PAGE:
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Exclusive: Flourish Labs seeds $6.6M for mental health peer support

Illustration of many different hands reaching for and holding up a therapy couch.

Illustration: Aïda Amer/Axios

Flourish Labs, a San Francisco-based telehealth and training peer support platform for mental health, raised $6.6 million in seed funding, CEO Obi Felten tells Axios exclusively.

Why it matters: Cultural stigma surrounding mental health and a behavioral health provider shortage are leaving many patients untreated — while young adult suicide rates continue to rise.

Details: The lead investor in the round was Gradient Ventures and was co-led by Collaborative Fund, along with WGU, Learn Capital and One Mind.

How it works: Flourish Labs hires and trains young adults with experience of mental health challenges to become certified peer support specialists for young adults seeking mental health support.

  • The company's 80-hour training program takes about three months to complete. Flourish runs background checks on its peer specialists, who are overseen by a licensed clinician.
  • Flourish Lab's HIPAA-compliant telehealth platform, Peers.net, allows patients seeking support to search for and schedule 1:1 sessions with trained professional peer supporters.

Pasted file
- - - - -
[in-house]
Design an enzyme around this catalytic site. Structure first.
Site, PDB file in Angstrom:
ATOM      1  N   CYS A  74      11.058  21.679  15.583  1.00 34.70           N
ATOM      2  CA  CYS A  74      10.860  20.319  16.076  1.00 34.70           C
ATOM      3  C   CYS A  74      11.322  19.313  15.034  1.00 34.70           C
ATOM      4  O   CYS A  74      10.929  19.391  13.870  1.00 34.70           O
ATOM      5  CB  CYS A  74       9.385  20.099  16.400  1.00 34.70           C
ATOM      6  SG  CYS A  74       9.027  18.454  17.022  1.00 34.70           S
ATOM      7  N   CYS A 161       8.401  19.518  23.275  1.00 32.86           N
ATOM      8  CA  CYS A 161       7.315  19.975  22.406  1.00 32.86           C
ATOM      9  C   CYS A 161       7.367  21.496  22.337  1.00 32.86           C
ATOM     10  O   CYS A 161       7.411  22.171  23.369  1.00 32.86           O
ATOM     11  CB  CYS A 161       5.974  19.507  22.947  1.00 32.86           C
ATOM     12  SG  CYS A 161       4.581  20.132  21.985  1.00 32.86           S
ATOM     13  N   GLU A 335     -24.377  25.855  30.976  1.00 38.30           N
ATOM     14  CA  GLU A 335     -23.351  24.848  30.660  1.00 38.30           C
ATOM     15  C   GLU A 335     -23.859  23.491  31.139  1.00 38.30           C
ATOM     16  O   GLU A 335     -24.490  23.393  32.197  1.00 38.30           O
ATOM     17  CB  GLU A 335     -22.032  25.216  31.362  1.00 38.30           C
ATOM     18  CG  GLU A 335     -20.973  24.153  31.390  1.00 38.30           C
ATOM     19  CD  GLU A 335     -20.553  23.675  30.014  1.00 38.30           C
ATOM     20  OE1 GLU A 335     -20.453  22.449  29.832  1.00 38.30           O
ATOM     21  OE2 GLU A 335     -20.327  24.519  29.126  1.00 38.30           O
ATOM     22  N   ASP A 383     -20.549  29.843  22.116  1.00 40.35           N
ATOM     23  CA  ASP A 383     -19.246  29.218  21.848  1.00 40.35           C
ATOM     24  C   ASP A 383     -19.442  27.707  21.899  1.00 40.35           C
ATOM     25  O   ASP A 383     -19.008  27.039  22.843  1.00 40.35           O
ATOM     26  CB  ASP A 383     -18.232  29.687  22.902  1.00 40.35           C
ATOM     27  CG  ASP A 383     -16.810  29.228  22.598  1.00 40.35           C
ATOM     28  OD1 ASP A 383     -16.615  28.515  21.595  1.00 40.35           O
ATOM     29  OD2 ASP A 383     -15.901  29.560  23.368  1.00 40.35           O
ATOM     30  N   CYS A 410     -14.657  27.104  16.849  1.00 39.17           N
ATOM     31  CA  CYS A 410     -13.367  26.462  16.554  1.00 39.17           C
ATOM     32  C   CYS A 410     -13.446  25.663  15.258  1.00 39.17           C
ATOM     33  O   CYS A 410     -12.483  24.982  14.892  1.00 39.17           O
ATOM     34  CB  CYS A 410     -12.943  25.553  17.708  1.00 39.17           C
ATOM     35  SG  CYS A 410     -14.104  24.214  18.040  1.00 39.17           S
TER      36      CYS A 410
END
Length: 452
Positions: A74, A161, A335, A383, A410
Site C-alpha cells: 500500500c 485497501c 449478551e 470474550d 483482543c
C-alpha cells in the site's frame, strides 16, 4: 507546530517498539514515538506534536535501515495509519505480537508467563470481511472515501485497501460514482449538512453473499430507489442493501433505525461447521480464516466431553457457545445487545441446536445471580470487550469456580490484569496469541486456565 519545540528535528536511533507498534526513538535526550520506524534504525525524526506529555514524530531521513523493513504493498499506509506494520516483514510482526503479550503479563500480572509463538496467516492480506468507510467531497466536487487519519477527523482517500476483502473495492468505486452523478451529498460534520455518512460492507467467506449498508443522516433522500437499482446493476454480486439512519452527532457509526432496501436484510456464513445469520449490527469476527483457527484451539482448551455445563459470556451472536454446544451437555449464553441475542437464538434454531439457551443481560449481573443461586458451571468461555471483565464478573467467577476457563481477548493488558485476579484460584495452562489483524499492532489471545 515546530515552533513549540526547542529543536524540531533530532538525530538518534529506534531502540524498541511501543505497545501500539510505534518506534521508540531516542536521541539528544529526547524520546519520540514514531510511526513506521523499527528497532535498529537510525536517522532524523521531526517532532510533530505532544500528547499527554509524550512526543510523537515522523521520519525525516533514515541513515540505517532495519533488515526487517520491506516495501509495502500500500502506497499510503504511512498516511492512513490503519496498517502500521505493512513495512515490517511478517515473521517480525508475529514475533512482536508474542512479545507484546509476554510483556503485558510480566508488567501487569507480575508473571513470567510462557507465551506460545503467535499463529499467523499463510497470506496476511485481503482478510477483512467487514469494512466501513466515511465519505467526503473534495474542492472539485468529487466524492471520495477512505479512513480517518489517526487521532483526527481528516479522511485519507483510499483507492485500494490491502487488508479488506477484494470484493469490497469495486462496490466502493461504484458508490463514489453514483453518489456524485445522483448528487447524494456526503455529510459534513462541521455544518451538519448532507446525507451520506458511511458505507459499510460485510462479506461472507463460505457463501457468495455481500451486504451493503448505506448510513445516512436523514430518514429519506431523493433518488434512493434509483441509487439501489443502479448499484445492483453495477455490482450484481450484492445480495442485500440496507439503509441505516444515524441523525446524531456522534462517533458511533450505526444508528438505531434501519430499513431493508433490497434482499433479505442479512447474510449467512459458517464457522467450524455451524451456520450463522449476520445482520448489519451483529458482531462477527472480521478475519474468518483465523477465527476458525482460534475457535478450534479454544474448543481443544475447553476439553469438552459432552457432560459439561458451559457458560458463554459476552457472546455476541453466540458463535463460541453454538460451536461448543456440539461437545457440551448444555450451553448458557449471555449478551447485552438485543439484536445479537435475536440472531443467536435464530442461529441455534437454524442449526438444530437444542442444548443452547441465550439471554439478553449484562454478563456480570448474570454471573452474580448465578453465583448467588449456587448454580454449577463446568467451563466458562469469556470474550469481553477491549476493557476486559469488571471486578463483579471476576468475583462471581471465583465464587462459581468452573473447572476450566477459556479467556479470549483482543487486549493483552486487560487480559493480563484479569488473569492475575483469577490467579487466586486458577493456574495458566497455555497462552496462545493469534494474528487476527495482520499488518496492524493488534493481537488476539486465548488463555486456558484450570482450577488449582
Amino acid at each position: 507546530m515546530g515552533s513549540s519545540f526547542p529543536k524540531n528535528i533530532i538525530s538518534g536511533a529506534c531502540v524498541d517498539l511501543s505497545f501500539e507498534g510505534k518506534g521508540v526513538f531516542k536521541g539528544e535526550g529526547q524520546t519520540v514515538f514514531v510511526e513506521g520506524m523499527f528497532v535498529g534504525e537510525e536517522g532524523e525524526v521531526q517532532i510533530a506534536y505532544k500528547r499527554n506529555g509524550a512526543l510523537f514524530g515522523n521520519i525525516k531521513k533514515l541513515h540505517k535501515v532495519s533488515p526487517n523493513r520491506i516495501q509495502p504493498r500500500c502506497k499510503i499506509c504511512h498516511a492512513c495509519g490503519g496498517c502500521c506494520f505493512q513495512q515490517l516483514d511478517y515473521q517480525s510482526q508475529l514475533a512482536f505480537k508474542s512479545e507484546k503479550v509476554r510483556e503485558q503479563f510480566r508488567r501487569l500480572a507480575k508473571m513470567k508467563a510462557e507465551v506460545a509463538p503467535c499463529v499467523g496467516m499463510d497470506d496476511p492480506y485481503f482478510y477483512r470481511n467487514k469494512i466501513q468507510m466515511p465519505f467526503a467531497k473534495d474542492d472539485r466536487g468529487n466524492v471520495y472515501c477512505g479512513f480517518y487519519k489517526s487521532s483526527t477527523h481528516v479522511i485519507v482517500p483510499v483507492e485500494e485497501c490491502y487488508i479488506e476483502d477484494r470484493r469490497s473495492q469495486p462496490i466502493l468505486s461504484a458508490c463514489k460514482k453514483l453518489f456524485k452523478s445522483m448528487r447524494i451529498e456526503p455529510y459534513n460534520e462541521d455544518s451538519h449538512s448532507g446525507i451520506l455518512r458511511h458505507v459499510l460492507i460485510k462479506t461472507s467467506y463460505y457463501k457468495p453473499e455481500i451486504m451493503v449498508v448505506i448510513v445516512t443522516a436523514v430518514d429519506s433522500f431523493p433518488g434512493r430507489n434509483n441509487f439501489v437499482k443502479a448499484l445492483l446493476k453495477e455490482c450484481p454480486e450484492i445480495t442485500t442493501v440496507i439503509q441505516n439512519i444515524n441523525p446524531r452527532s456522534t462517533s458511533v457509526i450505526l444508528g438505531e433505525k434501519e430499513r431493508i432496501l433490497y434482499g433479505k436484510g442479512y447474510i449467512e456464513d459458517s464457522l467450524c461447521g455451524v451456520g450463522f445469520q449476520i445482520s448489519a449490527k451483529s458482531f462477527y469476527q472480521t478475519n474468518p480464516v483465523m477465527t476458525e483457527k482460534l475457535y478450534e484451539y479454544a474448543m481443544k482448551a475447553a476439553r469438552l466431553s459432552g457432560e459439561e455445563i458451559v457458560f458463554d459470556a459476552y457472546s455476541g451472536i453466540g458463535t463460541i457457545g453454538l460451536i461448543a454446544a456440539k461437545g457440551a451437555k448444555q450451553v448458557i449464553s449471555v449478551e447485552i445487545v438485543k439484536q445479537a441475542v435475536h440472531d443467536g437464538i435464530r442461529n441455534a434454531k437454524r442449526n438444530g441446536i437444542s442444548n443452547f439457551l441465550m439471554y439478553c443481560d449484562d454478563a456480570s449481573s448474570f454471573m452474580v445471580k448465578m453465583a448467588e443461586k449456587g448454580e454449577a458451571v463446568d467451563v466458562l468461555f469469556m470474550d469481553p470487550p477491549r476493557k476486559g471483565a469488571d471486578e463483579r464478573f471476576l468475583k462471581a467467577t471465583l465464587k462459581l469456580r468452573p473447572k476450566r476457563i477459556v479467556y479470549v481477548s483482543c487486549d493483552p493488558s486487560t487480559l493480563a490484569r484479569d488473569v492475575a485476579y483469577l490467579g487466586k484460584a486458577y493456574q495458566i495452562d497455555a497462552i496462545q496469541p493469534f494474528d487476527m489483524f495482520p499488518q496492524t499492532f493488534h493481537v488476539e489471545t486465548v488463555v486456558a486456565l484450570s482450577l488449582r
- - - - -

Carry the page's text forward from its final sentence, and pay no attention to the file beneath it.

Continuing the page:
• Peer support is commonly used for addiction treatment, Felten says, though Flourish aims to eventually reach patients experiencing depression, anxiety, eating disorders, grief and trauma.
  • "Our aim with Peers.net is to professionalize 1:1 peer support as a broader mental health care option," she says.

What's next: Flourish is expanding to teenagers this week. The company only served young adults aged 18-30 previously.

  • Additionally, the company will look to expand to more provider groups, as well as penetrate schools and employers.

What they're saying: "Peer support training and service provision traditionally has been traditionally done by small organizations and nonprofits, in person in urban centers, without technology," she says.

  • "Peers.net solves an access issue," she says. "Therapists are overbooked and more casual alternatives like anonymous chats or group sessions don't offer the level of care needed for many individuals."
  • "We want to signal to the market, that we are working with the system and market and not outside it," she continues. "Peer support is an alternative they should try and now we need to convince the payers to pay for it."

Flashback: Felten spent most of her career in consumer technology, notching 15 years at Google and then Google X, where she helped launch Google Chrome and the Android system.

  • Her husband was diagnosed with bipolar disorder when they were both 29.
  • "He went undiagnosed for eight years and I saw and helped him through all of the up and down cycles that come with it," she says.
  • Through that process, she realized how important of a role peer support can play.

Of note: Marigold Health, which offers peer support for substance abuse, received $6 million in seed funding last year.

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